National Pension System (NPS) is a pension cum investment scheme launched by the Government of India to provide old age security to Citizens of India. It brings an attractive long-term saving avenue to effectively plan your retirement through safe and regulated market-based returns. The Scheme is regulated by Pension Fund Regulatory and Development Authority (PFRDA). National Pension System Trust (NPST) established by PFRDA is the registered owner of all assets under NPS.
Models of NPS Accounts
NPS accounts are primarily of two types, Individual NPS accounts (All Citizens Model) and Corporate NPS accounts.
All Citizen Model
In an Individual NPS account, the subscriber (Account holder) is the only contributor. All selections pertaining to Scheme preference, Investment choice, Annuity Service Provider, etc. are done by the subscriber alone. Any citizen of India can voluntarily choose to open an Individual NPS account to avail of tax benefits on investments and to ensure regular income post-retirement. The entry age is from 18 to 70 years.
In a Corporate NPS account, the subscriber and the employer can both contribute to the subscriber’s NPS account. A corporate entity will have to register for corporate NPS for the employees to be able to avail of corporate NPS benefits. Know more about corporate NPS.
Tiers in NPS
Tier I: It is also called a pension account. Contributions up to Rs. 50,000 made in this account are eligible for additional deduction from taxable income under section 80CCD (1B). This is over and above limit of Rs 1.5 lakhs- under section 80C. Withdrawals are restricted and subject to terms and conditions.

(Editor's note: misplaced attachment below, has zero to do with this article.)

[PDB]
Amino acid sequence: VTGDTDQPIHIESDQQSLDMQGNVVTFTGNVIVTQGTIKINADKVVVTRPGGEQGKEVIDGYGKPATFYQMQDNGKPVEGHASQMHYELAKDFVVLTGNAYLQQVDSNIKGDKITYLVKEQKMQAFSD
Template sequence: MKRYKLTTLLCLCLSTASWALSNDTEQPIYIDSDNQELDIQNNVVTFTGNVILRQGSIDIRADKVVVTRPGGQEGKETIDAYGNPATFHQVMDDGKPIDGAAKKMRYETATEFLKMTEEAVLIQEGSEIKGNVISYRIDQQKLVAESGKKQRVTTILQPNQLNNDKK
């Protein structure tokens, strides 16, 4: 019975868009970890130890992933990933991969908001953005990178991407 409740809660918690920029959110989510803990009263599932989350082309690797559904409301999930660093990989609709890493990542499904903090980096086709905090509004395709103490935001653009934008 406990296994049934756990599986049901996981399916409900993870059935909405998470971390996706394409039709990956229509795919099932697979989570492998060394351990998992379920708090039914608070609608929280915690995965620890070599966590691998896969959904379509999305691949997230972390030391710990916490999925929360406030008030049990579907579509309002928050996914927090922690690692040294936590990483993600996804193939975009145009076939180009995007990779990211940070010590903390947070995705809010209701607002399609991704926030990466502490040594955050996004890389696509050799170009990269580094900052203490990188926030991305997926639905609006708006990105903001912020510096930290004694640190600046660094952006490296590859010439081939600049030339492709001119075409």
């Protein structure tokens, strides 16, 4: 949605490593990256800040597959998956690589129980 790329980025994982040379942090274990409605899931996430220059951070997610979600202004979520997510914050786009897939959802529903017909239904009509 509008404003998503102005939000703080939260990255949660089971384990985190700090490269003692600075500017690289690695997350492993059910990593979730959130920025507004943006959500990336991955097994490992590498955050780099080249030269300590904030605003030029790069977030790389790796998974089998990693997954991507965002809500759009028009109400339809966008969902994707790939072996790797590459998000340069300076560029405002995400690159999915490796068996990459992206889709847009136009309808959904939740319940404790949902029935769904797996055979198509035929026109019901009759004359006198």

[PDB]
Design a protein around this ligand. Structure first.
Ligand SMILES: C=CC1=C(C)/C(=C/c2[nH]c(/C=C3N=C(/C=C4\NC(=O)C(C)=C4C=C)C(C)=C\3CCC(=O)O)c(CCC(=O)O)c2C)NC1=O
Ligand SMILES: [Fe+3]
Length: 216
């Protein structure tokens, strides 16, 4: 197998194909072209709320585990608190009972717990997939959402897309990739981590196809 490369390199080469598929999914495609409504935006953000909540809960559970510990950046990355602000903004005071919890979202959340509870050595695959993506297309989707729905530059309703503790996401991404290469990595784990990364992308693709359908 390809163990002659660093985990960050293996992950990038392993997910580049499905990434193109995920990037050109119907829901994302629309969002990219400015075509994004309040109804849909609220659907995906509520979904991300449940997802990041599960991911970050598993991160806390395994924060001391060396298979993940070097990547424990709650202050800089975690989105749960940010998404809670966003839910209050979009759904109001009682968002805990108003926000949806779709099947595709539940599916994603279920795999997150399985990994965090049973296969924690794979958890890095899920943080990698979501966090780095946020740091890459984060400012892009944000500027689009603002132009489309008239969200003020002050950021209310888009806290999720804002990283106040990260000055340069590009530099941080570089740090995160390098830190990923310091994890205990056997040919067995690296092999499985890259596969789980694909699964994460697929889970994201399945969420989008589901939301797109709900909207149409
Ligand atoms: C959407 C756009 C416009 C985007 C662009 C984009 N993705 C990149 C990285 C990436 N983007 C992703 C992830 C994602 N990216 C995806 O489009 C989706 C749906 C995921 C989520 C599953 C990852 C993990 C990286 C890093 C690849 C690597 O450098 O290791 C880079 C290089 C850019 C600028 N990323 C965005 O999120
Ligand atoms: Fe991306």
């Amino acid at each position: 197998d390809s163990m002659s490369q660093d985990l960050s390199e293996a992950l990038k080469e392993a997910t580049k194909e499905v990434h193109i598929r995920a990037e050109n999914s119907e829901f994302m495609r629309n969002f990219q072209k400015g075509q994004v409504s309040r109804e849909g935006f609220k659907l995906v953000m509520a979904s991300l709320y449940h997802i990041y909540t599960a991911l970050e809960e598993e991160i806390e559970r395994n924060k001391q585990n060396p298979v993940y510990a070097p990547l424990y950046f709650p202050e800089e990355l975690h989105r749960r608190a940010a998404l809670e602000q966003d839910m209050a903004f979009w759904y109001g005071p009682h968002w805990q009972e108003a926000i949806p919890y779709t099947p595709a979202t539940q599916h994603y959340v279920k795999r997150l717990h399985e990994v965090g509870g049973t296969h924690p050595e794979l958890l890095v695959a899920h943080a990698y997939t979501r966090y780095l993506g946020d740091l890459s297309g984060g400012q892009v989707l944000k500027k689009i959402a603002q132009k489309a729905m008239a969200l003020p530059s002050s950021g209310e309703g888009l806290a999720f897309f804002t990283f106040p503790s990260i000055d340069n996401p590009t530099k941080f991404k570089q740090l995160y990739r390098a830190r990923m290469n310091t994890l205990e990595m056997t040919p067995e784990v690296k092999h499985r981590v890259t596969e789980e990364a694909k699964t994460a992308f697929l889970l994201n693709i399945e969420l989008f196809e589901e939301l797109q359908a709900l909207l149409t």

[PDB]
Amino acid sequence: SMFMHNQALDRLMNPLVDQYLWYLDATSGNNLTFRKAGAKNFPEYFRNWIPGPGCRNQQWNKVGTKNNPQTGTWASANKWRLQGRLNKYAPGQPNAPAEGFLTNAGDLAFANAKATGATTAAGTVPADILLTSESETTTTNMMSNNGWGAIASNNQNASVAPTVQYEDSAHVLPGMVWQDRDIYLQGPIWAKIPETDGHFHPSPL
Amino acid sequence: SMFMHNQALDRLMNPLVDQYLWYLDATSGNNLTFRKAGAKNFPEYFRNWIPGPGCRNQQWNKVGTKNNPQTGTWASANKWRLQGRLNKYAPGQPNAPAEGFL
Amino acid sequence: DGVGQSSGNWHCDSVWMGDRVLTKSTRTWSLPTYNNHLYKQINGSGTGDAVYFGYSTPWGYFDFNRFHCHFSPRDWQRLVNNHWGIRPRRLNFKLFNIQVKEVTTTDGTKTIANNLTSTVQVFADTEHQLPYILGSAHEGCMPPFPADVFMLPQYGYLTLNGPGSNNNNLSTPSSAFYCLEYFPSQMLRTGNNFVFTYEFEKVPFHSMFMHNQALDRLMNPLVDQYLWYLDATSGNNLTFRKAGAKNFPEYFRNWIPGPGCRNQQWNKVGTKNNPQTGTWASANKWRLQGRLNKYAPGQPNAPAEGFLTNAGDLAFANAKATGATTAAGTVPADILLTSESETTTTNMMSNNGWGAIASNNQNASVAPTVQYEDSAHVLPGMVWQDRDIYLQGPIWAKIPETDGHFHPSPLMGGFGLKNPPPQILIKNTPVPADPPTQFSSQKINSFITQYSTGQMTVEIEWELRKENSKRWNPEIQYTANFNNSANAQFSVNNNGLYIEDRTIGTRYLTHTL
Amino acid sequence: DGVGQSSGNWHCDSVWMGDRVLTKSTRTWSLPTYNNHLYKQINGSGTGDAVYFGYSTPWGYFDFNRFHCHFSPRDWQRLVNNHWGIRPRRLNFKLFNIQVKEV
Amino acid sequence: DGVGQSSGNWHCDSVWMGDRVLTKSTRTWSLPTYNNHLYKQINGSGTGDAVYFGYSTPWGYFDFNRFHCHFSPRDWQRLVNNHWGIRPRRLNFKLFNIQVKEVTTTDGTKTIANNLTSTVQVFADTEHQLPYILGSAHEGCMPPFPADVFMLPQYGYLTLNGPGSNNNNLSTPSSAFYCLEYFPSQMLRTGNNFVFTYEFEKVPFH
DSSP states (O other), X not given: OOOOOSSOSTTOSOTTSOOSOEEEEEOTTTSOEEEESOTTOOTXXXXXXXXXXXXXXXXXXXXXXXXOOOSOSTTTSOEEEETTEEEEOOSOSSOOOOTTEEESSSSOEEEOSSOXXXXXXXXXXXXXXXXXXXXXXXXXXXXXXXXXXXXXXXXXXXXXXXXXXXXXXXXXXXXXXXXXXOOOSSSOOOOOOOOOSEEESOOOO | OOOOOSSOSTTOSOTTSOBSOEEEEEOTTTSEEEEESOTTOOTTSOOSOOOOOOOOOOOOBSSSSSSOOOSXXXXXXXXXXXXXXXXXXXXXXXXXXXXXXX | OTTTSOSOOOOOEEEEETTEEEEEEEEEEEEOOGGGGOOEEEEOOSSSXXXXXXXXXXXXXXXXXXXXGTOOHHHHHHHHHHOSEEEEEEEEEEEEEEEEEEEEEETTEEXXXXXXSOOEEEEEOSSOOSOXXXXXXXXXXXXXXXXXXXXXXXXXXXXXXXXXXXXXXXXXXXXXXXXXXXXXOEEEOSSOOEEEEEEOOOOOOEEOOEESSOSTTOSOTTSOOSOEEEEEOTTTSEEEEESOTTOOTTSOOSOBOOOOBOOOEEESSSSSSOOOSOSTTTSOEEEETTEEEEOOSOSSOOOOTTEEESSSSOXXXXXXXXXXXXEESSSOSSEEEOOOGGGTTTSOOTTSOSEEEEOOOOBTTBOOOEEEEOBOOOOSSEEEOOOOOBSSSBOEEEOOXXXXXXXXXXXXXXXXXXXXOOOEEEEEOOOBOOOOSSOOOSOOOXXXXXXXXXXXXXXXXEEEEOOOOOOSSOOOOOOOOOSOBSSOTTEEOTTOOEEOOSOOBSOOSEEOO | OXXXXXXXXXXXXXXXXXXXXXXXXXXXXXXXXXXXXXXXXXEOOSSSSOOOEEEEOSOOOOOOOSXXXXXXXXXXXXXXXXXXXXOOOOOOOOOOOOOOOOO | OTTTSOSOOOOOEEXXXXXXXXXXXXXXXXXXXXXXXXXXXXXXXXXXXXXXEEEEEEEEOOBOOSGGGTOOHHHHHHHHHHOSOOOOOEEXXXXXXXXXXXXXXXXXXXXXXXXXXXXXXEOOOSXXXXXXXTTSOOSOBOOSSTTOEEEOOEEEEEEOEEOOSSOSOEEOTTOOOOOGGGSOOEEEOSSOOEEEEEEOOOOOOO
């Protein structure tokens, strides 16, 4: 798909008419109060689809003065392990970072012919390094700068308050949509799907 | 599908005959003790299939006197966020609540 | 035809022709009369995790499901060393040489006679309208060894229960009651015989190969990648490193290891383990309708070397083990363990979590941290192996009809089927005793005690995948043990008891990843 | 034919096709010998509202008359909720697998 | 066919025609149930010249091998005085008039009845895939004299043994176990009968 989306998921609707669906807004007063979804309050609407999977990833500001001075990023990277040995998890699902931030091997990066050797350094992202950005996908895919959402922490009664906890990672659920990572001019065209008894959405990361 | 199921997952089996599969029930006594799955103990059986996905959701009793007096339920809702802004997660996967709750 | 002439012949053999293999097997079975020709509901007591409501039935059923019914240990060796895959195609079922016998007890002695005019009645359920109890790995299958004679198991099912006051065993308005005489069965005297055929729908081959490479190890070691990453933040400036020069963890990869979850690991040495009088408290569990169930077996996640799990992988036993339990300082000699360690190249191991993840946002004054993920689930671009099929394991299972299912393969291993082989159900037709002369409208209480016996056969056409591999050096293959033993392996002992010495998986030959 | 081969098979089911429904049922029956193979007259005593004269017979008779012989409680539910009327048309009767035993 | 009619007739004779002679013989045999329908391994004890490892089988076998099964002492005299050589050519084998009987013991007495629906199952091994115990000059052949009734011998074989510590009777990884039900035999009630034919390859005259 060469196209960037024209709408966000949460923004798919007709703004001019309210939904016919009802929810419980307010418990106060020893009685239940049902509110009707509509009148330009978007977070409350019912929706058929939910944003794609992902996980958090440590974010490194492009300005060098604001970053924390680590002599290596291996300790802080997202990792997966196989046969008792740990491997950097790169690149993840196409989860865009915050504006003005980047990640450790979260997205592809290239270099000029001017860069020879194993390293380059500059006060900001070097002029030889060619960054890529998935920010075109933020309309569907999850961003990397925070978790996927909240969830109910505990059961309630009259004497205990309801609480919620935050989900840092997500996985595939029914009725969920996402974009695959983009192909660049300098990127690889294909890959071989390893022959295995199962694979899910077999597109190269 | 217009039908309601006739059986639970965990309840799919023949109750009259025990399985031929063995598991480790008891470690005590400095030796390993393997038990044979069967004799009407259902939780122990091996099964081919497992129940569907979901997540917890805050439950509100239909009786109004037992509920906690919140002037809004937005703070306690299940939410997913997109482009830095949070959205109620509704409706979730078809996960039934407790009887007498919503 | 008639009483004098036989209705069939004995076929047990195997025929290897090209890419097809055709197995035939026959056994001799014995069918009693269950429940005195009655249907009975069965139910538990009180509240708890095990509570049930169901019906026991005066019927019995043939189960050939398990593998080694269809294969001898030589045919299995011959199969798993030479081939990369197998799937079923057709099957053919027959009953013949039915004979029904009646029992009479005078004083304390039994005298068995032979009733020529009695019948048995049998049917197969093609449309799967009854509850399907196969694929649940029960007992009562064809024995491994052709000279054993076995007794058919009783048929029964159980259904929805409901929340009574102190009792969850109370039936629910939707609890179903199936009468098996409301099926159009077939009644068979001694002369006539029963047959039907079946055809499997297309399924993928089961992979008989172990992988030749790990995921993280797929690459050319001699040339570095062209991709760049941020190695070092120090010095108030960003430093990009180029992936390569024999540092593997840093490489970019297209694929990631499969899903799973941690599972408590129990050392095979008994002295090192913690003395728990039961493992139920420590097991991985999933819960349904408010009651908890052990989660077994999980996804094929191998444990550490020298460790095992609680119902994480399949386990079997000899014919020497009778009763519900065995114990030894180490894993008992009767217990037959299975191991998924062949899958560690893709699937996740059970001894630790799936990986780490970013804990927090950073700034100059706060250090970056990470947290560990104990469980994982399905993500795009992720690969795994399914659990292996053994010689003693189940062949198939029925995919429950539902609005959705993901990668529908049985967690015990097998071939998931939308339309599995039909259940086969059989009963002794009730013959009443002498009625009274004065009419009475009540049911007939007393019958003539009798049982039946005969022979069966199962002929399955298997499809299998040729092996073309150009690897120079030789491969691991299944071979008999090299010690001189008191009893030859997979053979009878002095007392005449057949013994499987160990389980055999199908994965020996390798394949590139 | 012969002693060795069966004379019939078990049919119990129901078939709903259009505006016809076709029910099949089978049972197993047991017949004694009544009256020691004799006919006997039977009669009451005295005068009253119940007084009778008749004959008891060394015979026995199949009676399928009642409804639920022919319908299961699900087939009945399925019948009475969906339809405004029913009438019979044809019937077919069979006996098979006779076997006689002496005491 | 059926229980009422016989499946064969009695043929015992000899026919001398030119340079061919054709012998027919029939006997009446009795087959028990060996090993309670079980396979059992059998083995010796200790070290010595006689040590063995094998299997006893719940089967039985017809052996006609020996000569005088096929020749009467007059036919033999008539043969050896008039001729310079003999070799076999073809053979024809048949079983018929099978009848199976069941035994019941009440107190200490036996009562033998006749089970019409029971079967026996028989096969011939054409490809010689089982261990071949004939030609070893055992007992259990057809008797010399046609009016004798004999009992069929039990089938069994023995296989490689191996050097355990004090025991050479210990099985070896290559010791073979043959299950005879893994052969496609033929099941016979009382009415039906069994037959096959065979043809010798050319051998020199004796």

Tier II: You can invest an additional amount in Tier II NPS account. The subscriber is free to withdraw his entire accrued corpus under Tier II at any point of time. In case you have not contributed even the initial contribution towards Tier II a/c, it will be automatically deactivated as per process. No tax benefits are available in this account. Funds from Tier II can be transferred to Tier I
* Funds from Tier I can not be transferred to Tier II.
Individual contribution is eligible for deduction up to Rs 1.5 lakh limit from the taxable income u/s 80C. This means that NPS is also an investment tool under 80C.
Individual Contribution is eligible for Additional deduction up to INR 50,000 u/s 80CCD(1B) from the taxable income. This is over and above 80C
Employer Contribution up to 10% of salary (Basic+DA) is deductible from taxable income u/s 80CCD(2) of the Income Tax Act. This benefit is over and above 80C & 80CCD(1B).
Options for NPS
Choosing to create an NPS account is one of the first steps that any person can take toward financial planning. In order to encourage people to opt for pension plans, it has also lowered the age barrier. Currently, anyone who is 18+ years can open an NPS account through which they will get a Permanent Retirement Account Number (PRAN) that allows easy portability in case the need arises, including a change in location or job. Thus, even people who are young can gain an idea about equity and debt asset classes in a tax-efficient, cost-efficient, and performance-efficient manner. The minimum contribution is as low as Rs. 500 (one time) and Rs. 1,000 (yearly) for Tier I accounts and Rs. 250 (annually) for Tier II accounts. Contributions to NPS accounts can be made up to 70 years of age.
A portion of the NPS also goes to equities which may not offer guaranteed returns. However, the returns offered are much higher than traditional tax-saving investments like the PPF. Further, an NPS account can be opened hassle-free both online as well as offline.
Disclaimer: This article provides general information existing at the time of preparation and we take no responsibility to update it with the subsequent changes in the law. The article is intended as a news update and Affluence Advisory neither assumes nor accepts any responsibility for any loss arising to any person acting or refraining from acting as a result of any material contained in this article. It is recommended that professional advice be taken based on specific facts and circumstances. This article does not substitute the need to refer to the original pronouncement.